But as a white woman who grew up in the Midwest, this is not my history, and I am not sure of my place here. I am not entitled to claim any part of the feelings of this day, and while I had no family on that bridge in 1965, I have benefited from a lifetime of white privilege that allowed me to take voting rights for granted. Before I moved to Alabama, I had only vague notions of the bravery and radical resistance of activists fighting for voting rights in the face of very real violence. These events felt like something from the distant past, something over and settled. It doesn’t feel that way on this day in Selma.
The movement that secured voting rights for women also does not feel like something I can claim or identify with. The history of the women’s suffrage movement feels more distant, and more problematic.
Just on the other side of that infamous bridge in Selma is a small, low building of corrugated steel with a flat roof, which is the home of the National Voting Rights Museum, an unassuming and easily overlooked building on the way out of town. For a $6.50 entrance fee, you can view personal artifacts from the Bloody Sunday marchers, written and oral first-hand accounts of the event, and other artifacts from the Selma to Montgomery marches and the subsequent Bridge Jubilees. Like the bridge crossing event itself, the museum also feels like living history, as people have contributed their and their families’ stories through artifacts, oral histories, and continued reflections on the event’s legacy in Selma.
The museum, founded in 1990 by Dr. C.T. Vivian, Albert Turner, Amelia Boynton-Robinson, and Marie Foster, among others (National Voting Rights Museum), also places the events in Selma within a larger context of voting rights movements. In the largest front room of the museum is a timeline of “Voting Rights Milestones,” which begins with the Declaration of Independence in 1776, “signed by wealthy white men.” An entry from 1916 references Jeannette Rankin as the first woman elected to Congress. The next entry from 1917 is a photo of Alice Paul and the Silent Sentinels in front of the White House, and the third date, 1920, accompanies a photo of white women dressed in black, holding banners with the words VOTES FOR WOMEN on the front. The timeline entry for 1920 reads, “The 19th Amendment enacted guaranteeing black and white women the right to vote.” Less of a living history than the other exhibits in the museum, this timeline and the moments of the women’s suffrage movement are presented without additional commentary, tracing a history that created both the space for and the necessity of the events in Selma in 1965.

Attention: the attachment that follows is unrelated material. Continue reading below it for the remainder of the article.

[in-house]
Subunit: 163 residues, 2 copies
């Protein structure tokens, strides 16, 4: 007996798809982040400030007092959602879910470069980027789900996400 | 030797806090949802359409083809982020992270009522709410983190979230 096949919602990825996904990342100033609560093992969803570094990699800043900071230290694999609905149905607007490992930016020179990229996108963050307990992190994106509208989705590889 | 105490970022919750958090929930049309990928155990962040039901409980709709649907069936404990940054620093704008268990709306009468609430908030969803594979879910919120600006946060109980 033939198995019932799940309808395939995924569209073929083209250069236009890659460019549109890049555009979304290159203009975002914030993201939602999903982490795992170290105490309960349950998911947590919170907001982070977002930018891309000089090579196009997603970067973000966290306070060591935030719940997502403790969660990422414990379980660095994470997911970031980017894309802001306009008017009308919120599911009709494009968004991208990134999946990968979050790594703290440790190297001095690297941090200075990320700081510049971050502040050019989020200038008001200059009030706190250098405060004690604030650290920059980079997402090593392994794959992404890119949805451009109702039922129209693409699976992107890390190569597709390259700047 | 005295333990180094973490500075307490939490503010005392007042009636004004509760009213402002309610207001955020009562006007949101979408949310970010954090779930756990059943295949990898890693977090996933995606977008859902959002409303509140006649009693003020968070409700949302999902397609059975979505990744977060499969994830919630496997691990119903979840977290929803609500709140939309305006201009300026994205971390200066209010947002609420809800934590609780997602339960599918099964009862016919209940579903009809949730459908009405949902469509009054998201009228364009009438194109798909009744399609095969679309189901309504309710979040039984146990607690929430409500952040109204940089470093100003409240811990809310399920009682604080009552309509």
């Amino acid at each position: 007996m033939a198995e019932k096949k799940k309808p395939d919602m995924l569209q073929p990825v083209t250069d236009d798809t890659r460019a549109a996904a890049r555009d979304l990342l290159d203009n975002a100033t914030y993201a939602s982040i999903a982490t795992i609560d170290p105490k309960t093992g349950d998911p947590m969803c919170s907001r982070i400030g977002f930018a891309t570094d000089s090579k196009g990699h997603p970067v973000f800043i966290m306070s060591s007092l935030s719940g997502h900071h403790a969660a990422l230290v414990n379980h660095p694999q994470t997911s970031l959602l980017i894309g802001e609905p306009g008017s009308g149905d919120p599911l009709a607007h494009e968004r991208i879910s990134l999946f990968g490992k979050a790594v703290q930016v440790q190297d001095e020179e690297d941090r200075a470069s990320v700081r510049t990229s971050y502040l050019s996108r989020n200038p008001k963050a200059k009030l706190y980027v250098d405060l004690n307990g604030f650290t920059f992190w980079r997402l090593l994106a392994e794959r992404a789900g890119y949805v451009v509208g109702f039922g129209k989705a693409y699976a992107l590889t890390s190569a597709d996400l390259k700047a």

Further along a museum hallway sits a smaller room dedicated to women’s contributions to the voting rights movement and to politics in general, with silhouettes of Fannie Lou Hamer, Sojourner Truth, and Ida B. Wells painted onto the back wall. The display notes how the women’s rights movement of the 1970s owed a great deal to the Civil Rights Movement that came before it, but there is little other commentary to this curation. The exhibit mainly features pictures of women roughly organized by era. Portraits of Elizabeth Cady Stanton and Susan B. Anthony hang next to Harriet Tubman and Charlotte E. Ray. “Susan B. Anthony and Elizabeth Cady Stanton writing harsh criticism of the Republican Party, who were pushing for African American male suffrage, published the Revolution,” the curatorstates frankly. While Anthony and Stanton are recognized in this museum for their contributions to women’s suffrage, the curators also emphasize the racist arguments made by these women in direct opposition to voting rights for African-American men. While the timeline in the front room of the museum notes the importance of the Nineteenth Amendment in securing the right to vote for “black and white women,” the caption connected to the portraits of Anthony and Cady Stanton draws attention to a woman’s suffrage movement led by white women that had competing aims with movements for racial equality and often worked in opposition to them. In failing not only to truly secure the vote for all women but also work against racial equality, the portraits of the white women in this room hang in tension, their place in the museum more of a question than a part of the narrative.
3. Tuscaloosa, AL, October 2018.